Paramount spent millions of dollars in advertising to promote the character to the general public. So if you tuned in to see her, there she was because her image sold TONS of merchandise. Otherwise, she'd be a wasted investment. Paramount was giving the audience just what they were paying into. Does Tuvok even have a T-Shirt with just him on it?
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Last edited by exodus; September 3 2011 at 01:50 AM.
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Old September 3 2011, 01:50 AM   #29
TheLobes
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Re: Why were so many characters on Voyager underdeveloped?

exodus wrote: View Post
You can't or rather shouldn't compare the crew of the Enterprise: the Flag ship of the Federation with the Voyager. Only the top graduates of the Academy serve on the Enterprise, anyone else serves on all the rest. Sorry but it's like comparing the crew of the Queen Mary to the crew of a Carnival Cruise ship.
Yes, I can compare them, and really its more relevant to say its like comparing the crew of a modern day flagship with, say, a frigate or something. Theyre both instruments of the same authority, and theyre both highly prized in terms of technology, if not grandeur. The crew of the frigate might not be quite as good as the crew of the flagship, but they would still have had to go through years of training and experience in order to be trusted and relied upon with such responsibilities. Not everybody on board was starfleet, but the ones that werent did have skills learnt from the maquis.

The point was, Voyager was a ship of average people with an extraordinary task set before them.
You mean the average people who built a ship capable of breaking a speed barrier previously thought impossible by the federations top scientists?

Even if they are just ordinary people, that doesnt invalidate the point Im making. The problem is that so many other people on the ship seem to be just as capable at engineering as her; there wasnt anything she alone seemed capable of doing, as had been the case with Scotty, Laforge and O'Brien. She did indeed drop out of the academy, but then she also spent that time with Chakotay, in which she acted as chief engineer on his ship.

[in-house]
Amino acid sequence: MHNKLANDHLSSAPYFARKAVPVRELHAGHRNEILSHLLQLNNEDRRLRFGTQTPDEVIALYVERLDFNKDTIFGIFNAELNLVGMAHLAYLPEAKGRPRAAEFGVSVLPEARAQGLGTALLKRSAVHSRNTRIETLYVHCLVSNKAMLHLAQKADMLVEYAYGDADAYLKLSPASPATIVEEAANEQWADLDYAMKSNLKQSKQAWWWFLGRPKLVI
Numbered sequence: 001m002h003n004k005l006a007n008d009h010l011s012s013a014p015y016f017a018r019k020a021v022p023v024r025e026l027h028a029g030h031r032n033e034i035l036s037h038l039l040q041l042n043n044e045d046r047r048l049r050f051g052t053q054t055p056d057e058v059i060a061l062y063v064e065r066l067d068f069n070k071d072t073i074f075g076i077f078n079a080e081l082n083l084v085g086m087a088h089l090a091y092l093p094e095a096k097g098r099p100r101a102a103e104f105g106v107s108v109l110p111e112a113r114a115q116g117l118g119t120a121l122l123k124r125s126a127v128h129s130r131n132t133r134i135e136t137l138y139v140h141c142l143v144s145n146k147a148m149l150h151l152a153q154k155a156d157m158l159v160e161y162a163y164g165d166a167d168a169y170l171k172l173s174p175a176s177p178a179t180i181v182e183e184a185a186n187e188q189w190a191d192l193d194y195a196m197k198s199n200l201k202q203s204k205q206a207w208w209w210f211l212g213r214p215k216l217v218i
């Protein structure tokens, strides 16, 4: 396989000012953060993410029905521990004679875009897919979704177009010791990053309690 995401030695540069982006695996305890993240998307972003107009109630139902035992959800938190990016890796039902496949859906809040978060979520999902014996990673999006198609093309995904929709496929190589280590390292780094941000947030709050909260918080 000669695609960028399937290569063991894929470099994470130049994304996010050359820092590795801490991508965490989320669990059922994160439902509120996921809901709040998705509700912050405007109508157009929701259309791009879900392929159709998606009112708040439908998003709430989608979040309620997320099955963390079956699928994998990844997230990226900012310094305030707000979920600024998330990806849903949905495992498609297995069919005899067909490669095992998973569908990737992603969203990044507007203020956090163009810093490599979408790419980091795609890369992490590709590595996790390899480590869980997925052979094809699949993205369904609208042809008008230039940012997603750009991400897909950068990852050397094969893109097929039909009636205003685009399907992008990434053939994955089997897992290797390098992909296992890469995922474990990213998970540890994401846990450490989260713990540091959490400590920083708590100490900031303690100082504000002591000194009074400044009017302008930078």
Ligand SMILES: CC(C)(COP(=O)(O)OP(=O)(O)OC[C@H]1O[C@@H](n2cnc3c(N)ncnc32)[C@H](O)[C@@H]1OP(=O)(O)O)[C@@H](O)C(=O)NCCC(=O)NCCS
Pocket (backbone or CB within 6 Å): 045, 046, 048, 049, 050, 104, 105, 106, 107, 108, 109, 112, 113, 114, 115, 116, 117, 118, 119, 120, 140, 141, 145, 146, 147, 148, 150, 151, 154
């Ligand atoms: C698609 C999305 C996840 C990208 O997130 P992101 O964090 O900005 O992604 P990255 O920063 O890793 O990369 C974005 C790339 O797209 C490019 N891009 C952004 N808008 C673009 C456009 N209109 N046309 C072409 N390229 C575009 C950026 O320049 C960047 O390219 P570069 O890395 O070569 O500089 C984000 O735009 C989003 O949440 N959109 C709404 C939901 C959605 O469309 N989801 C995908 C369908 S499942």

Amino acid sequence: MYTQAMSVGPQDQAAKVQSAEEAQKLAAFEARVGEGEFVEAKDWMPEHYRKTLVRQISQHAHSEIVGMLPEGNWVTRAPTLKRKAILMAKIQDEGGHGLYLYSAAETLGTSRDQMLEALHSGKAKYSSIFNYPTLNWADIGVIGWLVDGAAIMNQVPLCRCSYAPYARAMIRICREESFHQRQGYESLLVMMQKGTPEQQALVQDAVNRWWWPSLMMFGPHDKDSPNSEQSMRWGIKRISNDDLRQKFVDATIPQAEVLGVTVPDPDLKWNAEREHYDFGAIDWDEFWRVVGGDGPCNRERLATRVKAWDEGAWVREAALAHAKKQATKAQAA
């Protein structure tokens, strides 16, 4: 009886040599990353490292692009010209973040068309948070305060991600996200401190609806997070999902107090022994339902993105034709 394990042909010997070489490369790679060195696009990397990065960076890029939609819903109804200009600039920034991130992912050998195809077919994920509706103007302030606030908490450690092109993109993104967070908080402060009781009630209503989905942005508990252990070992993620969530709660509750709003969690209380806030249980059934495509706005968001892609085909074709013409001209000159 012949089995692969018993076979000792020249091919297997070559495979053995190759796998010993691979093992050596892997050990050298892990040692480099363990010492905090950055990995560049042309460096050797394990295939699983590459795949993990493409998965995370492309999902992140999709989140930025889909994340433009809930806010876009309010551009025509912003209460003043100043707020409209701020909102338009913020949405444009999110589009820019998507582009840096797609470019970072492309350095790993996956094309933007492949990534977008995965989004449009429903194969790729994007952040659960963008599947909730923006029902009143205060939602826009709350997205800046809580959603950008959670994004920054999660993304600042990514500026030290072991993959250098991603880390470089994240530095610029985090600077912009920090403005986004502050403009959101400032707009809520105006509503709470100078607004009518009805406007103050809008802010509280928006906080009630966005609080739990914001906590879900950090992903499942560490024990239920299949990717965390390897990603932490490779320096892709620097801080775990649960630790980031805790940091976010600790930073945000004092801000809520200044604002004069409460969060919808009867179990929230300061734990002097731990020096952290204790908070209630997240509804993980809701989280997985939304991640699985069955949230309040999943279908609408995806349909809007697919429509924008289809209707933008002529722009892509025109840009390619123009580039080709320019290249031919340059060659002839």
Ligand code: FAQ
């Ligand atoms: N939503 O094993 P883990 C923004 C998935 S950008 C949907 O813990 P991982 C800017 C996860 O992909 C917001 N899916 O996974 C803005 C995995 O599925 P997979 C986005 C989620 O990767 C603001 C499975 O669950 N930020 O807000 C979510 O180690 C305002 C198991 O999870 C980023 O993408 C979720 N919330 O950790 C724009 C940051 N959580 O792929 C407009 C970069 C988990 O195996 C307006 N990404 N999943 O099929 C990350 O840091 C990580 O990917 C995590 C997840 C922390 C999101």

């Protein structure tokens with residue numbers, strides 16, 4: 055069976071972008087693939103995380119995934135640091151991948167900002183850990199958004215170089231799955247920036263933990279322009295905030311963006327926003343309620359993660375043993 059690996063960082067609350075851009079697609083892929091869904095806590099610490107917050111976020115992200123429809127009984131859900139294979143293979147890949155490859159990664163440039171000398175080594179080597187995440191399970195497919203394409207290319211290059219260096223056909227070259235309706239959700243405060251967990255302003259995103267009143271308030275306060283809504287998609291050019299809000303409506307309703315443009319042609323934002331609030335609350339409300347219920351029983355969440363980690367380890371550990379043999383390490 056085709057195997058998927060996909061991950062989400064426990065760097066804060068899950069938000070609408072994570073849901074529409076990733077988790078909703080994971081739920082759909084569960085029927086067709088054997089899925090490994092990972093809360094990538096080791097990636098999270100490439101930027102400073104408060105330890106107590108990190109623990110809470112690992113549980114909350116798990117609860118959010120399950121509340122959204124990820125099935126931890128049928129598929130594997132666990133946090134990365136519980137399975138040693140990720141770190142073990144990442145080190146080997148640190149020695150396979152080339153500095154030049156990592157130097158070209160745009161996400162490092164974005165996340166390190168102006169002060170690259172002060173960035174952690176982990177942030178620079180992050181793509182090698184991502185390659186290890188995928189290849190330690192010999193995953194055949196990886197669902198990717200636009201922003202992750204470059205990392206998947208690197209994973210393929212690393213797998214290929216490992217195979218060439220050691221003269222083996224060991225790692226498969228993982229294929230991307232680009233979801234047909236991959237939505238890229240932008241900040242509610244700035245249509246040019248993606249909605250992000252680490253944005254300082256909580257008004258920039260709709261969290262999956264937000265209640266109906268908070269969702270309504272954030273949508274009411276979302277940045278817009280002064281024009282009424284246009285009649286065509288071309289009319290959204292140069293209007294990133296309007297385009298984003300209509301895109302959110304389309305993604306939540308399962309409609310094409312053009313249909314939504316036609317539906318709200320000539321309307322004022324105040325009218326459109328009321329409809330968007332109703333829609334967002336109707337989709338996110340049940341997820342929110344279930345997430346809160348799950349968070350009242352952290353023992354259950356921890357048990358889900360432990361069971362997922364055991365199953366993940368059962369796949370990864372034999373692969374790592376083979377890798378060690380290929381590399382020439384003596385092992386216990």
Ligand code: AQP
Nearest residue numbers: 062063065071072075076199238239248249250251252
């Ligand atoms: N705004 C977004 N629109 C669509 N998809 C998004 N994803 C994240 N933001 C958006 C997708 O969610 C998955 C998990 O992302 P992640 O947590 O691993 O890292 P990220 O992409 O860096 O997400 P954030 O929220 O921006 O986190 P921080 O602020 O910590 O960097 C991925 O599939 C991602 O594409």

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Old September 3 2011, 02:06 AM   #30
exodus
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Re: Why were so many characters on Voyager underdeveloped?

TheLobes wrote: View Post
exodus wrote: View Post
You can't or rather shouldn't compare the crew of the Enterprise: the Flag ship of the Federation with the Voyager. Only the top graduates of the Academy serve on the Enterprise, anyone else serves on all the rest. Sorry but it's like comparing the crew of the Queen Mary to the crew of a Carnival Cruise ship.
Yes, I can compare them, and really its more relevant to say its like comparing the crew of a modern day flagship with, say, a frigate or something. Theyre both instruments of the same authority, and theyre both highly prized in terms of technology, if not grandeur. The crew of the frigate might not be quite as good as the crew of the flagship, but they would still have had to go through years of training and experience in order to be trusted and relied upon with such responsibilities.
Tal Celest passed the Academy.
Had the same training and experience as Harry Kim.
Same rank.
Is she on equal standing as an Ensign on the Enterprise?

Even if they are just ordinary people, that doesnt invalidate the point Im making. The problem is that so many other people on the ship seem to be just as capable at engineering as her.
Like who?
Who else but her, Harry and Seven did they ever show build something?

I recall O'Brian needing ALLOT of help getting DS9 to stay up and running. Sisko built the Defiant, that also trumps O'Brians skills and I also recall Dax having skills in Engineering too. LaForge often asked Data for help for almost EVERYTHING he did. Westly had ideas and created stuff LaForge never even dreamed of.